Today marks the 100th anniversary of International Women’s Day, a day for celebrating and honoring the achievements of all women, past and present. We would also like to take the opportunity on International Women’s Day to focus on how we can improve the lives of girls and adolescents, who are the women of our future.

The global population of females ages 10-24 is currently the largest in history and is expected to peak in the next decade; over 600 million girls currently live in developing countries. One out of seven girls in developing countries is married before age 15, and 38 percent are married before age 18. Approximately 16 million girls between the ages of 15 and 19 give birth each year, accounting for 11% of all births worldwide. Between one-quarter and one-half of girls in developing countries become mothers before age 18. Out of the world’s 130 million out-of-school youth, 70 percent are girls. It is estimated that one-quarter of girls in developing countries are not in school. Adolescent girls who are married or become pregnant are more likely than their peers to drop out of school.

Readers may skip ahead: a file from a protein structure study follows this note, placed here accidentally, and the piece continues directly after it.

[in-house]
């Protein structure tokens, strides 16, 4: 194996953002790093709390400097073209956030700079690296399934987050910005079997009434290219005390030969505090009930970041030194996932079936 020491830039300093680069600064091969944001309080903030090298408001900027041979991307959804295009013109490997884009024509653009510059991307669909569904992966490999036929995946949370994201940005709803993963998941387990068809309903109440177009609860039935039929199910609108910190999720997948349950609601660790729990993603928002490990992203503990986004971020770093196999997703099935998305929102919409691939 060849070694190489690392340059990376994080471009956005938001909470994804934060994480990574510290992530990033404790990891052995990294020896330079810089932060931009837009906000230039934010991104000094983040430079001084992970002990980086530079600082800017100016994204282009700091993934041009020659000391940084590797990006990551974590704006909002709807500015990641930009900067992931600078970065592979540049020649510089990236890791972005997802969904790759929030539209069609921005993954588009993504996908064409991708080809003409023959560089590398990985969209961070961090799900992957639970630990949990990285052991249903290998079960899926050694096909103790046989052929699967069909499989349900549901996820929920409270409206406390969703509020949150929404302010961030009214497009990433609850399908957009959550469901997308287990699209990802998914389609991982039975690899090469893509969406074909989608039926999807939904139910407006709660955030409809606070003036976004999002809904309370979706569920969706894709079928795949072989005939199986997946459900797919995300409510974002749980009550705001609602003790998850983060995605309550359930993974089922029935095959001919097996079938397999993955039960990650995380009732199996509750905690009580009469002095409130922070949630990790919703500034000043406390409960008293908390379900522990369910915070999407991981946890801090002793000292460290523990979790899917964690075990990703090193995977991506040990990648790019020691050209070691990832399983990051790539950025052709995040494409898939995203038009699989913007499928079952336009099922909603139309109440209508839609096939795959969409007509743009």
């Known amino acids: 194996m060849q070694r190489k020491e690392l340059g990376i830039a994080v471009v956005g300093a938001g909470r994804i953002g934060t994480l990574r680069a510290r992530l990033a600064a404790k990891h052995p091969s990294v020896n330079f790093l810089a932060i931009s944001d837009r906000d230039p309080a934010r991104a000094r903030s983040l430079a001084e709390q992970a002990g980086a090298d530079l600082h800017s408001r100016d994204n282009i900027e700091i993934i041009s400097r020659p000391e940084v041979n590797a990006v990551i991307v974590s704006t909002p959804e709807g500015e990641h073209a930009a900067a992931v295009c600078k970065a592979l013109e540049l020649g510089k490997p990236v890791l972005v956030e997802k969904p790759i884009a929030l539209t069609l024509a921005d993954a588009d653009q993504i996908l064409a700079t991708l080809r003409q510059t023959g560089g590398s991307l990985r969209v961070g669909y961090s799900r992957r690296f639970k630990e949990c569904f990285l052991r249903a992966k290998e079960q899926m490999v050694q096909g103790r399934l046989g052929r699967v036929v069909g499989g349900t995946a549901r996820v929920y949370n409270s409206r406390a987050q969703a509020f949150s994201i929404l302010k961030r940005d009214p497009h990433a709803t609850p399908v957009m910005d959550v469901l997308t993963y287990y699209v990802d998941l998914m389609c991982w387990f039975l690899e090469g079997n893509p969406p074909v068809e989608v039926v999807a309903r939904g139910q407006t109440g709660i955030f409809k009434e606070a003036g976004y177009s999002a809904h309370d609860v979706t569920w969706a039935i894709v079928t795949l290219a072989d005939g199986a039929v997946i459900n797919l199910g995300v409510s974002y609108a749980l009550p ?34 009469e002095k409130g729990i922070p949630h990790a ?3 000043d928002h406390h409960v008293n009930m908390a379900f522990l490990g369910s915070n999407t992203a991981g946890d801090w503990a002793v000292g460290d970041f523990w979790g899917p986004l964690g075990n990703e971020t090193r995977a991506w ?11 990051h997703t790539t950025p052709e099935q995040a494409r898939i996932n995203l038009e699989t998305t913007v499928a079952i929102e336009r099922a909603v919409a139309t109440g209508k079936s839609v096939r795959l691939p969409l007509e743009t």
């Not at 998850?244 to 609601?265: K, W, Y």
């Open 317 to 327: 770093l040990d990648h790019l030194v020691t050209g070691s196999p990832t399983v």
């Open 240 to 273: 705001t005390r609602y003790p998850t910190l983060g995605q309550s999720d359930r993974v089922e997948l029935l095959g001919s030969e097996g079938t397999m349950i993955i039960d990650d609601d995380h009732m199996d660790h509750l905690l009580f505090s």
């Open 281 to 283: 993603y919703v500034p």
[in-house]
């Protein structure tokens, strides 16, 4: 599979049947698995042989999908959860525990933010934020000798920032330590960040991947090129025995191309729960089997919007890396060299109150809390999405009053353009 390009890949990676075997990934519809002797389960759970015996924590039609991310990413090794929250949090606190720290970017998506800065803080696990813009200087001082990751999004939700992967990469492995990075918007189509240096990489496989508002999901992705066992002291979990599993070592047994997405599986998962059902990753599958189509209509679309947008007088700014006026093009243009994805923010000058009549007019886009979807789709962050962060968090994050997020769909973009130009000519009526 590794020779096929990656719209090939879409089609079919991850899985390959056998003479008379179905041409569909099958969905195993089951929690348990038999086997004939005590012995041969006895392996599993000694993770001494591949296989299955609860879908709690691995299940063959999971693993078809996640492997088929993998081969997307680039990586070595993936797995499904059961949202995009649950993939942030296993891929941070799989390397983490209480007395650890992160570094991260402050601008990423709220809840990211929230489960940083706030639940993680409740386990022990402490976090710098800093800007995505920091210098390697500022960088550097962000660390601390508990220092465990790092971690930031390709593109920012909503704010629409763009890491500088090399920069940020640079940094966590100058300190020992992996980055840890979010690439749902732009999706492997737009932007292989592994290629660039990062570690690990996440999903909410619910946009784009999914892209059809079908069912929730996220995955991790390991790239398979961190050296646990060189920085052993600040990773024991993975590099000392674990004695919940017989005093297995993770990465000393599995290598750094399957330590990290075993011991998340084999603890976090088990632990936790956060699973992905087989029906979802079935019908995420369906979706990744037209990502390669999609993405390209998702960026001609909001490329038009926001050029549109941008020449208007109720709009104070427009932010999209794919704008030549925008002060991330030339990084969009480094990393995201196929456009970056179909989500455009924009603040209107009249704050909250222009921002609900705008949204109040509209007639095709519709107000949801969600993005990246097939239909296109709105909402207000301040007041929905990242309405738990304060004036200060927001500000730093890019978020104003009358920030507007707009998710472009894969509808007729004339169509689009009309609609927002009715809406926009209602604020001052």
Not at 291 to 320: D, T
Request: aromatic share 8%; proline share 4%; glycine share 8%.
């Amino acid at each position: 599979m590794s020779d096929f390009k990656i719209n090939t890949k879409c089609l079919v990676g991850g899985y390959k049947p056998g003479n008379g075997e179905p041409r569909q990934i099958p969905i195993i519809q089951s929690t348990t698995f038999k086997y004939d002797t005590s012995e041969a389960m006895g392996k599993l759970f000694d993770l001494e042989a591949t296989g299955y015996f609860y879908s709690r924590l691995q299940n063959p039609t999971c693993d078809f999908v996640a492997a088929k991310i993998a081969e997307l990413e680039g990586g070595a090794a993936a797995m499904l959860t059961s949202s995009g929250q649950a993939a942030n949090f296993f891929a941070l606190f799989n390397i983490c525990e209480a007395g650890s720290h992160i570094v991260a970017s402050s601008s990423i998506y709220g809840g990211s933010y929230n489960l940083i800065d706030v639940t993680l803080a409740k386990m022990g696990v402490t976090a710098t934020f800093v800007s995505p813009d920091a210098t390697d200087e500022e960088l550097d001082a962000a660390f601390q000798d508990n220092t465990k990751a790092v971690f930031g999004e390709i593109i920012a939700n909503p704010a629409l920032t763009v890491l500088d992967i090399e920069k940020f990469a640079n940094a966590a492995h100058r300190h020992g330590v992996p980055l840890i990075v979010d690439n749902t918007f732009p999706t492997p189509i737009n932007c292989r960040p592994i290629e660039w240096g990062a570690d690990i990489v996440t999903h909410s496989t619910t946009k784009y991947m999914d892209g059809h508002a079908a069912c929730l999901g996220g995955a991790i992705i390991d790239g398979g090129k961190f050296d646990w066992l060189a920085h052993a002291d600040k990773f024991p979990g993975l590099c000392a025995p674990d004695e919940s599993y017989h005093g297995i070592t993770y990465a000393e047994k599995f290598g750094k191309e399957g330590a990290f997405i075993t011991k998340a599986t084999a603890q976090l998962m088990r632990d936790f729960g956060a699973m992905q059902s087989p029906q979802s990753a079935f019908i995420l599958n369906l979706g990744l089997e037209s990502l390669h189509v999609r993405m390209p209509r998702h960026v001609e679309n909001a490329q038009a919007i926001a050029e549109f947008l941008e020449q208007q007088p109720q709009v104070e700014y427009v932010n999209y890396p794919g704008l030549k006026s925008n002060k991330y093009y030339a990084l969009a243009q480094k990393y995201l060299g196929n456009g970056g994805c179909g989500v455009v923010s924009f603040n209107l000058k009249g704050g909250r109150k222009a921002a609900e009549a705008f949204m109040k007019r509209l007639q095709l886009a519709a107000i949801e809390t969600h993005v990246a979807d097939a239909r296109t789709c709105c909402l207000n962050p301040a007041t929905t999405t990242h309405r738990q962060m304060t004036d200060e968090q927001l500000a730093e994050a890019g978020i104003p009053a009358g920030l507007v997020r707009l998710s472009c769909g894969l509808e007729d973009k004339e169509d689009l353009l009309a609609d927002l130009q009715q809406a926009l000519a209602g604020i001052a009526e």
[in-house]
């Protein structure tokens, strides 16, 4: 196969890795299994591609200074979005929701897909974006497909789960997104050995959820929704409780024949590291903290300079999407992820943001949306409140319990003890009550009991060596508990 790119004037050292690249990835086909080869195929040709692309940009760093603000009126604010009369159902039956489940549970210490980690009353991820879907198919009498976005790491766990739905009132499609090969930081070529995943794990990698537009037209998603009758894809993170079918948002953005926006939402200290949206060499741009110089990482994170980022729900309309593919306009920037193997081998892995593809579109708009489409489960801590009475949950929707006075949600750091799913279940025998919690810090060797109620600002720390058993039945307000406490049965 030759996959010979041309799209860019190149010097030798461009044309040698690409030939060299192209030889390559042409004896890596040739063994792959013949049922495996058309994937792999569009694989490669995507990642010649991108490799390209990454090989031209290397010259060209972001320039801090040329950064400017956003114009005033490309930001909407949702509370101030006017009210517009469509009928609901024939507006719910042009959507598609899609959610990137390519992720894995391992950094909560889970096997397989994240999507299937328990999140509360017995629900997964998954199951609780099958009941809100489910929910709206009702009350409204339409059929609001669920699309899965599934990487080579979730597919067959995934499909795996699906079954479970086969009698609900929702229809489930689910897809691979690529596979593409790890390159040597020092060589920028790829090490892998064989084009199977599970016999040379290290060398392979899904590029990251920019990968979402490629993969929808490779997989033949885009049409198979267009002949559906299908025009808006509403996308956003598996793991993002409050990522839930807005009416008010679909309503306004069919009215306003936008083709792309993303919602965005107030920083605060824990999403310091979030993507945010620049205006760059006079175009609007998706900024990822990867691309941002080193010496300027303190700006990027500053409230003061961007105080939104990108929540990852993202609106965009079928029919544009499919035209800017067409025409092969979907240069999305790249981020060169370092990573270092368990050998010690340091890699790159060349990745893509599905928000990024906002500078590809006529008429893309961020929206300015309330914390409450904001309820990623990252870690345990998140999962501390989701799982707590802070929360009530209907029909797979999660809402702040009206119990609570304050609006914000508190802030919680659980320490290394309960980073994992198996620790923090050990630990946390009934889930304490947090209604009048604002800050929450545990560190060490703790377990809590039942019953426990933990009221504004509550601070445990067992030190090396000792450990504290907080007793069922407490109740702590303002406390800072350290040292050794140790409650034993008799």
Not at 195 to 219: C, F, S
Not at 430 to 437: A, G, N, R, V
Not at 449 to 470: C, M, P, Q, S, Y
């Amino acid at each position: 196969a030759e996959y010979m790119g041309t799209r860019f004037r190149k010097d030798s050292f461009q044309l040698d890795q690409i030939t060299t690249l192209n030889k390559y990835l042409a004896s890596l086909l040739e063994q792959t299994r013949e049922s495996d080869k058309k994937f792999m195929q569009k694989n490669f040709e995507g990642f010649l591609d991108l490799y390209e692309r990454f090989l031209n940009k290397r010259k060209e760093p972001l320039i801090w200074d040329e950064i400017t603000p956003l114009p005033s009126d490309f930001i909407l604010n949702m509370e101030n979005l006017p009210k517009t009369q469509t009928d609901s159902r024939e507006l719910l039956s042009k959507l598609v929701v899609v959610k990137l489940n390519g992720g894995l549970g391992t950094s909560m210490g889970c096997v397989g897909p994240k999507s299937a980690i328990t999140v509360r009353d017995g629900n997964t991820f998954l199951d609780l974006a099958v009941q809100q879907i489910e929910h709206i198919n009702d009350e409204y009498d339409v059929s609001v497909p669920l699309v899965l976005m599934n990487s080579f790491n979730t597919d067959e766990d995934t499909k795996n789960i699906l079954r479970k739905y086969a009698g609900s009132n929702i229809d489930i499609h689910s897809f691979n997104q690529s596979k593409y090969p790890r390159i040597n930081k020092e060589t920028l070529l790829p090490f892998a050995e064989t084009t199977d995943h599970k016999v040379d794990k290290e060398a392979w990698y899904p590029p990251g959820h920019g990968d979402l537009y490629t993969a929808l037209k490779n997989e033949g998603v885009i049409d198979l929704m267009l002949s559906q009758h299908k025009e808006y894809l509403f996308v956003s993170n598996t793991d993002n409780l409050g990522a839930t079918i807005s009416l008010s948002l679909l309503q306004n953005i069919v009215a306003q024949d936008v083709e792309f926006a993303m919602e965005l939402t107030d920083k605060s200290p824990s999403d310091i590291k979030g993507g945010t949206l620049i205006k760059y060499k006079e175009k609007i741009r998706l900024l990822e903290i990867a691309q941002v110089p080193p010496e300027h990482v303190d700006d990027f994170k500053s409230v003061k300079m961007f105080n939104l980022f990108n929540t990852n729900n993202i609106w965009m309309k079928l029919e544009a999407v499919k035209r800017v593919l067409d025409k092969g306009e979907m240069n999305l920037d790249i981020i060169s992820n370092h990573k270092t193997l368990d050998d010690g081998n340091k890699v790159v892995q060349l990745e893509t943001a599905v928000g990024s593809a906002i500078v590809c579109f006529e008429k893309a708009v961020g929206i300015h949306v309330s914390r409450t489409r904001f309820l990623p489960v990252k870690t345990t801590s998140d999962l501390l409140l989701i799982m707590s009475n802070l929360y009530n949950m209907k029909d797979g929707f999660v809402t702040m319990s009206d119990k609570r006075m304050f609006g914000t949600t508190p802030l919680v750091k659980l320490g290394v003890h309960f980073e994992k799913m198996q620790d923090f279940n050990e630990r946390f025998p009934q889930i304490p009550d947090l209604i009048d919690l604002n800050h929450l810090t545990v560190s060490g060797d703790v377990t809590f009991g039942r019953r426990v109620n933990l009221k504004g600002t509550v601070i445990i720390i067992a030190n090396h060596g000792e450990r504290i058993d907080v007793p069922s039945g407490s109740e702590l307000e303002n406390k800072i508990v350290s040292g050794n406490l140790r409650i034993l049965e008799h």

Young girls are future mothers and leaders, yet they face a multitude of challenges. Promoting girls’ education and enabling young women to postpone childbirth results in healthier families, leads to higher incomes among females, and gives girls a brighter future. So this International Women’s Day, let’s not forget our “future women.” Let’s do all we can to ensure that young women across the globe stay in school longer, delay pregnancy and marriage, and  receive greater opportunities.

 Take action!

  • Watch the Girl Effect video:

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